By Kevin Cook/Poison Waters, PQ Monthly
A note from Poison Waters
In 2001 my life changed forever when I volunteered for the first time at CAP’s Camp for Kids, our local residential week long summer camp for children ages 5-15 whose lives have been affected by HIV/AIDS, then a program of WIAR (Women’s Intercommunity AIDS Resource). Now, 13 years later, we are celebrating our becoming a fully integrated program of Cascade AIDS Project. As part of our celebration, I couldn’t be more excited to bring into the spotlight valued members of our Camp Community, from donors to volunteers, program staff to campers, and their families. All of us have a story to share and the presence Camp has in our lives will forever bind us. Thank you PQ Monthly readers for allowing us to shine this spotlight in Camp.
An interview with Satonia Rodgers
Name: Satonia Rodgers
How do you identify?: Female
Affiliation with CAP’s Camp for Kids: Past Camper
How did you first become aware of CAP’s Camp for Kids?: I went to Camp the year it started and went the next 7 years.
How many years have you been involved?: Since the beginning
What is your favorite Camp experience?: Ooohh, way too many to choose. CAP’s Camp for Kids gave me the courage to sing on stage — so the talent show was a big thing, wish boats, and the counselors. I have one counselor in particular that changed my life so much.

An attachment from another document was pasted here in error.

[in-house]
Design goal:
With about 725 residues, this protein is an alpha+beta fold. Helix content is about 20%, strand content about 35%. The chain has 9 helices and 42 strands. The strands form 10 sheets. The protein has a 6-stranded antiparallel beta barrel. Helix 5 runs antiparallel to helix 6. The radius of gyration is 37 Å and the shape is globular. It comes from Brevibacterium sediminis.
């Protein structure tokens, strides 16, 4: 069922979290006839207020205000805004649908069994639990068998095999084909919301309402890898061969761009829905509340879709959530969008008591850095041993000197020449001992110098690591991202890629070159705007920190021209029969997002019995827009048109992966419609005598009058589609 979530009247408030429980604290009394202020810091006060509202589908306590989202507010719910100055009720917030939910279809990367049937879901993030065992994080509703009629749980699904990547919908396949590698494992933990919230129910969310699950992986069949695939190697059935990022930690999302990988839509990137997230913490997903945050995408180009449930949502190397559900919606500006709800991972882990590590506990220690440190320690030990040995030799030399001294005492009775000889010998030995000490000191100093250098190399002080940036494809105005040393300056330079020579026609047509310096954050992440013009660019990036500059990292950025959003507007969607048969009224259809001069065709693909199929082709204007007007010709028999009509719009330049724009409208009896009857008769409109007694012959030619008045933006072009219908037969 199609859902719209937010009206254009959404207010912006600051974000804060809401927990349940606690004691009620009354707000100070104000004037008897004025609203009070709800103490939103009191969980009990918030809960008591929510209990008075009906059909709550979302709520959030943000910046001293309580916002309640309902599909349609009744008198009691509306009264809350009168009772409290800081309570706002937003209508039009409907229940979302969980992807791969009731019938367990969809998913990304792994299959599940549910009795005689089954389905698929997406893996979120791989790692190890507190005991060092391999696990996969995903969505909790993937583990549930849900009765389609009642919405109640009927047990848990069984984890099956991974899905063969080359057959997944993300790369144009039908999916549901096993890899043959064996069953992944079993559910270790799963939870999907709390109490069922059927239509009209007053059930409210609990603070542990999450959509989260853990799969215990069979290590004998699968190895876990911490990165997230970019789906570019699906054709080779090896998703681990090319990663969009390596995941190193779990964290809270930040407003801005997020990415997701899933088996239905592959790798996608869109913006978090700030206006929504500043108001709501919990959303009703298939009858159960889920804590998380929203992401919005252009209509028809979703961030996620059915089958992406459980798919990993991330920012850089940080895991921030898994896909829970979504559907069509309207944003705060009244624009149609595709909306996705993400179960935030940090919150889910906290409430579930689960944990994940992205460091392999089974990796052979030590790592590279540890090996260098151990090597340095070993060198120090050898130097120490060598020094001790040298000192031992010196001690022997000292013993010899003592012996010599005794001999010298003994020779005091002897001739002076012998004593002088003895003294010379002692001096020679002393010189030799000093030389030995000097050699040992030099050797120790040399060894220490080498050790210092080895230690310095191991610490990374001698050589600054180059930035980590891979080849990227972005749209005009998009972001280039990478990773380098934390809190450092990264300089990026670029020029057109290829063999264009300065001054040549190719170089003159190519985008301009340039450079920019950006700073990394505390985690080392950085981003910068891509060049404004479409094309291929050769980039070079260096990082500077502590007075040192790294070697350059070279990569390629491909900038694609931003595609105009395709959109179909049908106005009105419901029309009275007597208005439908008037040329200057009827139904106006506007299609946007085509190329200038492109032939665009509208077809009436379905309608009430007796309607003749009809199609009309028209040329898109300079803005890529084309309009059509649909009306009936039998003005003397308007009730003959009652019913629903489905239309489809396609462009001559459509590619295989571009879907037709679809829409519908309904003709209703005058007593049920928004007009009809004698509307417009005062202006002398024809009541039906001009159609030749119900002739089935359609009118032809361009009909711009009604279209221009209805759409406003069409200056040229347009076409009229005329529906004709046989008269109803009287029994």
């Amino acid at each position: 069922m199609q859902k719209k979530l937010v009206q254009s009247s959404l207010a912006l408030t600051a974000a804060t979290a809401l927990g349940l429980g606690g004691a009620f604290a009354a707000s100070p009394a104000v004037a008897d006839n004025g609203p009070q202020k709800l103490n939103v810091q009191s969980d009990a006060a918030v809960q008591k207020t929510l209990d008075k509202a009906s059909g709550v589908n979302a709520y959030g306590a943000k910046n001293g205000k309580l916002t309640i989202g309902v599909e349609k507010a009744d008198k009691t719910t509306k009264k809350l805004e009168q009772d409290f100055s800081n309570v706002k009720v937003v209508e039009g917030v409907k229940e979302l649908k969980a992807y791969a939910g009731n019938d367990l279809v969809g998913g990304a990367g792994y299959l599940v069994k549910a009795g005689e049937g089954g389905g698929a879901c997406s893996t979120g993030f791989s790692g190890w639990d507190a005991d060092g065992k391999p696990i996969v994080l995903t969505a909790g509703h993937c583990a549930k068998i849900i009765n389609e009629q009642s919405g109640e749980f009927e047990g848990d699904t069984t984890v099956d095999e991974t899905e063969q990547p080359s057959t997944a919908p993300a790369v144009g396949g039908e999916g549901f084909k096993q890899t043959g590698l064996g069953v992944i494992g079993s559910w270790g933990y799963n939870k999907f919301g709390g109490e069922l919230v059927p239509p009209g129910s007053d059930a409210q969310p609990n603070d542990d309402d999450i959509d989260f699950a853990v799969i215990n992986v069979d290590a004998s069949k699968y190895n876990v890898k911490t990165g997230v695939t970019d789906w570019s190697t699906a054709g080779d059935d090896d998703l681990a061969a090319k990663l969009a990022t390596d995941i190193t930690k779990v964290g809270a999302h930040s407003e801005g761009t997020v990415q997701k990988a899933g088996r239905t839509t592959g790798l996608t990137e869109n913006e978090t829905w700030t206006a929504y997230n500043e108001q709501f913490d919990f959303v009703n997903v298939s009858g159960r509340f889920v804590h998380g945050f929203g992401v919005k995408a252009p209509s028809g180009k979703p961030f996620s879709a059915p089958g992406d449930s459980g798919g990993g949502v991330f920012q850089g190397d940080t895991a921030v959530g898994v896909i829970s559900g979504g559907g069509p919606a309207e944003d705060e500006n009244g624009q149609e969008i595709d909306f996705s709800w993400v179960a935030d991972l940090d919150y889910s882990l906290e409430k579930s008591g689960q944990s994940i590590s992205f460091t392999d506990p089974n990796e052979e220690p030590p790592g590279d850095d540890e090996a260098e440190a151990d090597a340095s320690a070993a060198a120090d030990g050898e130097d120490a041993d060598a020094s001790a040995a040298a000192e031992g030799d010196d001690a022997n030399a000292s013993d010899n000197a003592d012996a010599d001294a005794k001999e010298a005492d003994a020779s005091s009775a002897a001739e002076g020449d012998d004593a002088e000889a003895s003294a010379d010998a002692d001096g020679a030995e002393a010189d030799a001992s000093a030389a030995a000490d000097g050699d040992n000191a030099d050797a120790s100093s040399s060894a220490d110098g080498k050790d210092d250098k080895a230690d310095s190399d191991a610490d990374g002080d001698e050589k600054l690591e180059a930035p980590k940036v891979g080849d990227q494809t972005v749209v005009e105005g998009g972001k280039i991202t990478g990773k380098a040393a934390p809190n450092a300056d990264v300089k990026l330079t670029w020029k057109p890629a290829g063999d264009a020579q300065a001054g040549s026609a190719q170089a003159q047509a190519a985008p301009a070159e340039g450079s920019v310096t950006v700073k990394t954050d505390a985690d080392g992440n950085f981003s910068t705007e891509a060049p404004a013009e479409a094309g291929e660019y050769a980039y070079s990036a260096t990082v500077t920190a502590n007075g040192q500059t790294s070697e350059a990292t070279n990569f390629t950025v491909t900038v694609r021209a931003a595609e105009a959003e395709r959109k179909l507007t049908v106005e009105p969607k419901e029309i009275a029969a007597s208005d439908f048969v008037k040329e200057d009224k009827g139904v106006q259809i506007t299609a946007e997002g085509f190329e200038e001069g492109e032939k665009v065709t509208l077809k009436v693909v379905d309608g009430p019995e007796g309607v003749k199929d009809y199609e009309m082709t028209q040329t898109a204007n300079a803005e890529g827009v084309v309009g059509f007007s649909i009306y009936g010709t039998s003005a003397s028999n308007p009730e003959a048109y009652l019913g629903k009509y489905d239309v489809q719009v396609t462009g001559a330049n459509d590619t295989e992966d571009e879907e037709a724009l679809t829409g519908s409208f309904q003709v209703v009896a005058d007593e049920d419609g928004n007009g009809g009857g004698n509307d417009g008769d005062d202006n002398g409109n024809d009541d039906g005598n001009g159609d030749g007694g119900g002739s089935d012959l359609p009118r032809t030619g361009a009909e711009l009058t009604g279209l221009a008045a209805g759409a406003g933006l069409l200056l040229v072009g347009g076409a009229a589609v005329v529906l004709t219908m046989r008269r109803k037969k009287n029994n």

What are you most looking forward to in Camp’s 15th year?: I am really hoping to be able to be a camp counselor this year. I haven’t been able to in the past and I really want to get involved again.
Anything other thoughts you’d like to share?: Don’t underestimate what a week at Camp will do for a child. It changed my life in more ways than I can count, and it gave me a chance to be a kid, and to find out I wasn’t the only kid whose parent was sick all the time. And it wasn’t only about HIV/AIDS — I had gone into foster care and went to camp [and] a counselor who I had had for the past 3 years saw that something was up with me and she was there to talk and share her own experience in foster care. She saved my life by that conversation.
If you won the lottery, of course after donating to CAP’s Camp for Kids, what would you do?: I would go around to high schools and colleges in the country and share my story with living with a parent with HIV/AIDS and try and help bring awareness and try and help the stigma of HIV/AIDS. I would also make care packages for DHS workers to give to children going into foster care (and pay off all college loans and the rest of my college fees — it’s a big lottery, right?).
For more information about CAP’s Camp for Kids, visit cascadeaids.org.